South African banks closed the taps – and keeping them closed


South Africa’s banks have been steadily reducing the amount of credit they give to consumers and companies over the past decades, with growth in lending dropping below 5% for the first time since the pandemic.

This was revealed in Nedbank’s Guide to the Economy for January 2024, which outlined the dire situation the South African economy is currently in. 

The major risk to South African banks is the country’s weak economic growth, mainly because of an inconsistent electricity supply and severe logistical challenges. 

Higher interest rates and inflation are also beginning to hurt local banks through an increase in bad debt and an inability of South Africans to pay back their loans. 

This has resulted in South African banks tightening their lending standards to reduce the impact on their credit loss ratios and limit the need for bad debt provisions. 

In December last year, bank credit growth lost further momentum and dropped to 4.9% year-on-year versus 7.7% at the end of 2022. 

In particular, household loan growth slowed to its lowest level since March 2021 at 4.3%. 

The drag came mainly from slower growth in home loans, overdrafts, and personal loans. On the other hand, vehicle finance and credit cards are also moderated but by less than other products. 

Vehicle finance most likely saw a rise in demand due to the impact of the collapse of Transnet’s railways, creating greater demand for moving goods via road. 

Lending to companies eased to 5%, reflecting weak business confidence and a lack of investment in the local economy. 

Nedbank expects the slow down in credit growth to continue and broaden in the first half of 2024 as households will remain cautious of borrowing at high interest rates and lower confidence in the economy.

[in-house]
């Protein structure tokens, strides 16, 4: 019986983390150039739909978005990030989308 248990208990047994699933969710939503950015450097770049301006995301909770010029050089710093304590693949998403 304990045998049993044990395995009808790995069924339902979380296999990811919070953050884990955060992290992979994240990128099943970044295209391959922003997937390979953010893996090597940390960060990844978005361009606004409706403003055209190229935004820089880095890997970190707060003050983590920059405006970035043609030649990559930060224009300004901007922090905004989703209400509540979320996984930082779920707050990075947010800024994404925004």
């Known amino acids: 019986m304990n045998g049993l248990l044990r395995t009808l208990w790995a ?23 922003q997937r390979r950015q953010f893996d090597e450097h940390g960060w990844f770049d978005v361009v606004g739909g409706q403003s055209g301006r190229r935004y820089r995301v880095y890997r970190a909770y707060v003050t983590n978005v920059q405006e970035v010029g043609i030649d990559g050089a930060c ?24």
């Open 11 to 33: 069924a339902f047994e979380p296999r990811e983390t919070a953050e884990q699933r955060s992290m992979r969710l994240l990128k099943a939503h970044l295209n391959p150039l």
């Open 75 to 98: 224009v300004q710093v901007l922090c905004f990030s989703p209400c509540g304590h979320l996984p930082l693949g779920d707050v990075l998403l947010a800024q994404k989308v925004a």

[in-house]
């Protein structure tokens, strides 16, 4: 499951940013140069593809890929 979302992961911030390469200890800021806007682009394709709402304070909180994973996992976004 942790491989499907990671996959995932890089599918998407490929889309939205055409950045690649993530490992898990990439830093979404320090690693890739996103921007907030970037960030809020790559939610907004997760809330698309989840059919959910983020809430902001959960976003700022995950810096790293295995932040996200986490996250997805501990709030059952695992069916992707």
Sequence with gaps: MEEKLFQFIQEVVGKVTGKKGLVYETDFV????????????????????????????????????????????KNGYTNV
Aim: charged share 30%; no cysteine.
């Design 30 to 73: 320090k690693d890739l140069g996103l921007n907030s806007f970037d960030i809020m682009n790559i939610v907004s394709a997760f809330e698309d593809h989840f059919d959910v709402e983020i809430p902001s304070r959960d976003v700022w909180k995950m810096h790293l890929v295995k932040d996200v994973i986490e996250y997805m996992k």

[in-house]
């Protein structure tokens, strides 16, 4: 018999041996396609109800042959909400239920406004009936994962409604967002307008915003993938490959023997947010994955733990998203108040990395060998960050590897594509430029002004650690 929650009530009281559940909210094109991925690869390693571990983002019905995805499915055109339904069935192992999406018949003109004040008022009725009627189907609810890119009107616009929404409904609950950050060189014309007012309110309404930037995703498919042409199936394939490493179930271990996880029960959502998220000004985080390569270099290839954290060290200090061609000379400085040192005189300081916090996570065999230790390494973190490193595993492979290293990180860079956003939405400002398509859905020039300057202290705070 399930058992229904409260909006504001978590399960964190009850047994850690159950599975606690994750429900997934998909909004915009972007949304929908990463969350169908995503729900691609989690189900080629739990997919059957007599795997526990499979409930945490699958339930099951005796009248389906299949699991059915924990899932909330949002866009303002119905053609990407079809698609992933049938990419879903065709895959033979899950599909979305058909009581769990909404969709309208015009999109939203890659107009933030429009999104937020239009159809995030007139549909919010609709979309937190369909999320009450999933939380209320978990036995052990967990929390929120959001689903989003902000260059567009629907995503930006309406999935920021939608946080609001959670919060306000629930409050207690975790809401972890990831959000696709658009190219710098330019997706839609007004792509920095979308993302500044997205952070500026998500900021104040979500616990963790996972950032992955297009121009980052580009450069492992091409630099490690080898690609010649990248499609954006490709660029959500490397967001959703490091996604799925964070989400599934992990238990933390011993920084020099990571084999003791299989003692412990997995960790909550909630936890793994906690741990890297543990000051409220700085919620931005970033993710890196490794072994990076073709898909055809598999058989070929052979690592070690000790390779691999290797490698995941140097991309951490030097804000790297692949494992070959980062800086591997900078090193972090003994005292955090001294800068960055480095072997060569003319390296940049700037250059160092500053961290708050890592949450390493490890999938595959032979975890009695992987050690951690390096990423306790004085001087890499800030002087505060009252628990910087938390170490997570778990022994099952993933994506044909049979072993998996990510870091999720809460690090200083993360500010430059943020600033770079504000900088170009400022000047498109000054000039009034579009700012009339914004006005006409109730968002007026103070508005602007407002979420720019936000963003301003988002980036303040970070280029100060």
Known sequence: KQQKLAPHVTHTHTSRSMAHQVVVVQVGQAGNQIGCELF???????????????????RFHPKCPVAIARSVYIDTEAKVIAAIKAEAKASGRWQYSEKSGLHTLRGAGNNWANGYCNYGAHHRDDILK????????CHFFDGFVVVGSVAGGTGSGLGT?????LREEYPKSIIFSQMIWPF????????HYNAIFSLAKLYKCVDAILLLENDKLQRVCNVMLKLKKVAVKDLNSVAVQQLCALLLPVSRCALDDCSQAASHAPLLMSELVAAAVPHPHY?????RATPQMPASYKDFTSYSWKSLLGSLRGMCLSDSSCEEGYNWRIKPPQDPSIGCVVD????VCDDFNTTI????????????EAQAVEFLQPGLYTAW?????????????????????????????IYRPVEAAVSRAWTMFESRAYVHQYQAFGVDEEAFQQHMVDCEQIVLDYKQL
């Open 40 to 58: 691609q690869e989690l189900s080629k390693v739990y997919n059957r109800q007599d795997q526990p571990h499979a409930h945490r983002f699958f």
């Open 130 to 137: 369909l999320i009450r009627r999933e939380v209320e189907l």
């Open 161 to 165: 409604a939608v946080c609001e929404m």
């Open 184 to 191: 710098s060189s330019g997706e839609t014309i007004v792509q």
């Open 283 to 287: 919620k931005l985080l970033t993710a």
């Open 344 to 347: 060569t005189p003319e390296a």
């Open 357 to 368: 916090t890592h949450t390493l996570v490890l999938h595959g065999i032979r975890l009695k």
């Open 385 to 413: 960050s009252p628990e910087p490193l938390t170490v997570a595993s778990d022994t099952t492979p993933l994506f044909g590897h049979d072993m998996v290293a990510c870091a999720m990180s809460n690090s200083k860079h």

Companies will also reduce their demand for credit as policy uncertainty surrounding South Africa’s national election will make them hesitant to commit to significant investment projects. 

Source: Nedbank Guide to the Economy January 2024

S&P Ratings also expects credit growth to remain subdued in the future as the local economy is unlikely to grow at a reasonable pace any time soon. 

S&P expects the banking sector’s credit loss ratio will remain slightly higher than the historical low of 0.75%, averaging 1.4% of total loans through 2024. 

Similarly, non-performing loans will likely remain above 4% of systemwide loans in 2024.

These factors will combine to simultaneously subdue the private sector’s appetite for more credit and reduce local banks’ willingness to extend credit. 

Domestic credit growth will remain lower in 2024, at around 5%, after lending plunged in 2023 following a rebound in 2022 as banks became more cautious about extending credit as interest rates rose. 

S&P said banks are likely to extend further credit to specific sectors, such as renewable energy companies and enterprises that import renewable energy equipment, as the country continues to face an energy crisis. 

Standard Bank South Africa CEO Lungisa Fuzile

Chairman of the Banking Association of South Africa (BASA) and Standard Bank South Africa CEO Lungisa Fuzile said that banks face strong headwinds in the country. 

In BASA’s latest annual report, Fuzile said that, besides volatility in the global economy and financial system, South African banks have to contend with a stagnant domestic economy. 

As a result, they have had to increase their provisions for bad debt as households and companies struggle to repay loans. 

Of great concern to Fuzile are the extended periods of severe load-shedding the country is being subjected to, adding further pressure to businesses and households. 

The need to procure alternative energy sources has led to some businesses closing, resulting in job losses and the destruction of livelihoods. 

Furthermore, the deterioration of vital infrastructure through corruption, theft, and vandalism has resulted in massive economic losses and a sharp reduction in tax revenue. 

At the root of all this is the country’s collapsing state-owned enterprises, which are increasingly passing on their debt to the national government. 

The Reserve Bank said this has resulted in the domestic financial sector being highly exposed to government debt. 


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